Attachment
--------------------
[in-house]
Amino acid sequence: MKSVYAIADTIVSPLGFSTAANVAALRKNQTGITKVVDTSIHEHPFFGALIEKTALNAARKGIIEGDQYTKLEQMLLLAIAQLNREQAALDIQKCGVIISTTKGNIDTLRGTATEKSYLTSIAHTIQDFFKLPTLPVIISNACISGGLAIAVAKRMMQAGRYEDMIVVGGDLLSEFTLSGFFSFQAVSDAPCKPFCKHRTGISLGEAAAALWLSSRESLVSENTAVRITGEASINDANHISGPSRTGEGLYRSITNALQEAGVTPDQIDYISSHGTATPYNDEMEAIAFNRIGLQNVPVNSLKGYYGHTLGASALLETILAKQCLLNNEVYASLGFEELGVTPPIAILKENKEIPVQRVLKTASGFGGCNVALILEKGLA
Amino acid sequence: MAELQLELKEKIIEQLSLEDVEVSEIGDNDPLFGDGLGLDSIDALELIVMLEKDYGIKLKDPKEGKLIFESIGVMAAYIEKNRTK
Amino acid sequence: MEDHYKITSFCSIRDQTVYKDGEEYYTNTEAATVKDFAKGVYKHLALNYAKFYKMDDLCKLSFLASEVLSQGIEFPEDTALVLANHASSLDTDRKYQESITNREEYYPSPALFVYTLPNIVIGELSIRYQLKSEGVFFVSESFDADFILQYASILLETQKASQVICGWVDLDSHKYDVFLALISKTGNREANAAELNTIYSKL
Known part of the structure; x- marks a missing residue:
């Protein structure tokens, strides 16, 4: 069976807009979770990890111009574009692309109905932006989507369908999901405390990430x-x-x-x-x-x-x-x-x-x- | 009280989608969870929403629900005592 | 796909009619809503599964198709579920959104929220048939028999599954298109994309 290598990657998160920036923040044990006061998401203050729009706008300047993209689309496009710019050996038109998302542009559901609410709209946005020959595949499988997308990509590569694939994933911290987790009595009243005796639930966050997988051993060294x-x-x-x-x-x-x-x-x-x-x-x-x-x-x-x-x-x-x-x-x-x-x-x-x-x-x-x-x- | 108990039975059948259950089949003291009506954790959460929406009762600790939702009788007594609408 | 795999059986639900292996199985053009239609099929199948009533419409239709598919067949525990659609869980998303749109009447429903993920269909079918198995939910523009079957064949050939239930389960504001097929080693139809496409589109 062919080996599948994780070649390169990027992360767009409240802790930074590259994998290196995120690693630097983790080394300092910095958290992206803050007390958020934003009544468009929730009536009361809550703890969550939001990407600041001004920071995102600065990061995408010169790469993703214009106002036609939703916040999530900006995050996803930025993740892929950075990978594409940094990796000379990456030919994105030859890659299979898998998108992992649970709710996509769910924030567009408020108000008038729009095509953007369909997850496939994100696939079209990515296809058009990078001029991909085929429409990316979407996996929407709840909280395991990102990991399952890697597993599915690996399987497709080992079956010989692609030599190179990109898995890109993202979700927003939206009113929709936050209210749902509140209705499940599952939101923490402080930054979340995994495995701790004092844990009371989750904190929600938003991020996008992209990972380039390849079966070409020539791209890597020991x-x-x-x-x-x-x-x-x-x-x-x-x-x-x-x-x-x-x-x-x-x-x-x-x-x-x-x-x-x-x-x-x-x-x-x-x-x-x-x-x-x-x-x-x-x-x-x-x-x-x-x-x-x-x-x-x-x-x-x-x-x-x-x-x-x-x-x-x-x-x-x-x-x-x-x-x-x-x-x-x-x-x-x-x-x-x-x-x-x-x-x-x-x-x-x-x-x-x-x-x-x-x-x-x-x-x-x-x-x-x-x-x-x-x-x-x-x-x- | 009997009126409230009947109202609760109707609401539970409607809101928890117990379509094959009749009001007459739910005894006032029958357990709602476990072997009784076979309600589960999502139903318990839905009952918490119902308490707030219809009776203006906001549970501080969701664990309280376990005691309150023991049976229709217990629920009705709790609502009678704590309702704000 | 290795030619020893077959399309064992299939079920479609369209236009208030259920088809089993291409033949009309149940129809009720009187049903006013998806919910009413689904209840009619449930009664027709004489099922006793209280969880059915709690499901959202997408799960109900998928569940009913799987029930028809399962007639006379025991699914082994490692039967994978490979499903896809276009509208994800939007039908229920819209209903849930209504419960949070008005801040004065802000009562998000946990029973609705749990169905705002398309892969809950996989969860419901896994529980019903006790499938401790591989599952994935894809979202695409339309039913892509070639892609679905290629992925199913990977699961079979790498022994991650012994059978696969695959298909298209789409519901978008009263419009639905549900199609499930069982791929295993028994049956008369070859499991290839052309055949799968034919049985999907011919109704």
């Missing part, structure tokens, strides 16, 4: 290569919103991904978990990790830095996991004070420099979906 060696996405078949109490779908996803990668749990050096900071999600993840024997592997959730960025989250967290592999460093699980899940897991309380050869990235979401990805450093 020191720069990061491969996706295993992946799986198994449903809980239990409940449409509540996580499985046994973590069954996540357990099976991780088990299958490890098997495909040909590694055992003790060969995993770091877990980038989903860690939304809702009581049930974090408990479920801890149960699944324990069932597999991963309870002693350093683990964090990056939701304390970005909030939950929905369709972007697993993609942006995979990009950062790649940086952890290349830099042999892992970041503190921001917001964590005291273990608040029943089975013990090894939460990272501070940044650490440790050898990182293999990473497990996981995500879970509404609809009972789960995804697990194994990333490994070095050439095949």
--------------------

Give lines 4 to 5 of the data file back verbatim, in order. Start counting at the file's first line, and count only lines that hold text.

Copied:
Amino acid sequence: MEDHYKITSFCSIRDQTVYKDGEEYYTNTEAATVKDFAKGVYKHLALNYAKFYKMDDLCKLSFLASEVLSQGIEFPEDTALVLANHASSLDTDRKYQESITNREEYYPSPALFVYTLPNIVIGELSIRYQLKSEGVFFVSESFDADFILQYASILLETQKASQVICGWVDLDSHKYDVFLALISKTGNREANAAELNTIYSKL
Known part of the structure; x- marks a missing residue: